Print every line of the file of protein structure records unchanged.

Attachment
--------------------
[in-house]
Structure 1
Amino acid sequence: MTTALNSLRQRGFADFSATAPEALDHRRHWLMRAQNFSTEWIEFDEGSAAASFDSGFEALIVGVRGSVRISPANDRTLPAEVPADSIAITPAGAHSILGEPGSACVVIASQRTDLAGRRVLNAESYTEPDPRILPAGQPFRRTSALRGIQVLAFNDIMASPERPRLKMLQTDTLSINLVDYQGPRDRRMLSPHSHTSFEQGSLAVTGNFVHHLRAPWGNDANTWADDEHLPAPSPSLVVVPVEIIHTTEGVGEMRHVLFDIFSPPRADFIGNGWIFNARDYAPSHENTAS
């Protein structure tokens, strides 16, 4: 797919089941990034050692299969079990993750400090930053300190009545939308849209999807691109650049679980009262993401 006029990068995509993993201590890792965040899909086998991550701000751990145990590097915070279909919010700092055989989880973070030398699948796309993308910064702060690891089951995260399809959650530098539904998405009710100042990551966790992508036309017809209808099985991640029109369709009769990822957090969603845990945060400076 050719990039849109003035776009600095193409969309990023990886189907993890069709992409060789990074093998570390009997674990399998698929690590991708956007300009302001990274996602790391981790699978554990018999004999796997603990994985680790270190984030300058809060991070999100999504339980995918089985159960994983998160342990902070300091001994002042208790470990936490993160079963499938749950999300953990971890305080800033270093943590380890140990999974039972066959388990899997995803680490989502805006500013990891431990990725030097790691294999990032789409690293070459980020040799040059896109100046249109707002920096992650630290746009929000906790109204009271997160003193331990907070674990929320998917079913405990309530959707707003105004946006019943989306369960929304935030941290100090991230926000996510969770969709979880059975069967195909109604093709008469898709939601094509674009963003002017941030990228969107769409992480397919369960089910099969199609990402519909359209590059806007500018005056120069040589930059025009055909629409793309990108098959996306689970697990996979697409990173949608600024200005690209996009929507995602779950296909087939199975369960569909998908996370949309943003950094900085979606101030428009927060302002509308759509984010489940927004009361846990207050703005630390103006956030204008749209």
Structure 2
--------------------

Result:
[in-house]
Structure 1
Amino acid sequence: MTTALNSLRQRGFADFSATAPEALDHRRHWLMRAQNFSTEWIEFDEGSAAASFDSGFEALIVGVRGSVRISPANDRTLPAEVPADSIAITPAGAHSILGEPGSACVVIASQRTDLAGRRVLNAESYTEPDPRILPAGQPFRRTSALRGIQVLAFNDIMASPERPRLKMLQTDTLSINLVDYQGPRDRRMLSPHSHTSFEQGSLAVTGNFVHHLRAPWGNDANTWADDEHLPAPSPSLVVVPVEIIHTTEGVGEMRHVLFDIFSPPRADFIGNGWIFNARDYAPSHENTAS
């Protein structure tokens, strides 16, 4: 797919089941990034050692299969079990993750400090930053300190009545939308849209999807691109650049679980009262993401 006029990068995509993993201590890792965040899909086998991550701000751990145990590097915070279909919010700092055989989880973070030398699948796309993308910064702060690891089951995260399809959650530098539904998405009710100042990551966790992508036309017809209808099985991640029109369709009769990822957090969603845990945060400076 050719990039849109003035776009600095193409969309990023990886189907993890069709992409060789990074093998570390009997674990399998698929690590991708956007300009302001990274996602790391981790699978554990018999004999796997603990994985680790270190984030300058809060991070999100999504339980995918089985159960994983998160342990902070300091001994002042208790470990936490993160079963499938749950999300953990971890305080800033270093943590380890140990999974039972066959388990899997995803680490989502805006500013990891431990990725030097790691294999990032789409690293070459980020040799040059896109100046249109707002920096992650630290746009929000906790109204009271997160003193331990907070674990929320998917079913405990309530959707707003105004946006019943989306369960929304935030941290100090991230926000996510969770969709979880059975069967195909109604093709008469898709939601094509674009963003002017941030990228969107769409992480397919369960089910099969199609990402519909359209590059806007500018005056120069040589930059025009055909629409793309990108098959996306689970697990996979697409990173949608600024200005690209996009929507995602779950296909087939199975369960569909998908996370949309943003950094900085979606101030428009927060302002509308759509984010489940927004009361846990207050703005630390103006956030204008749209």
Structure 2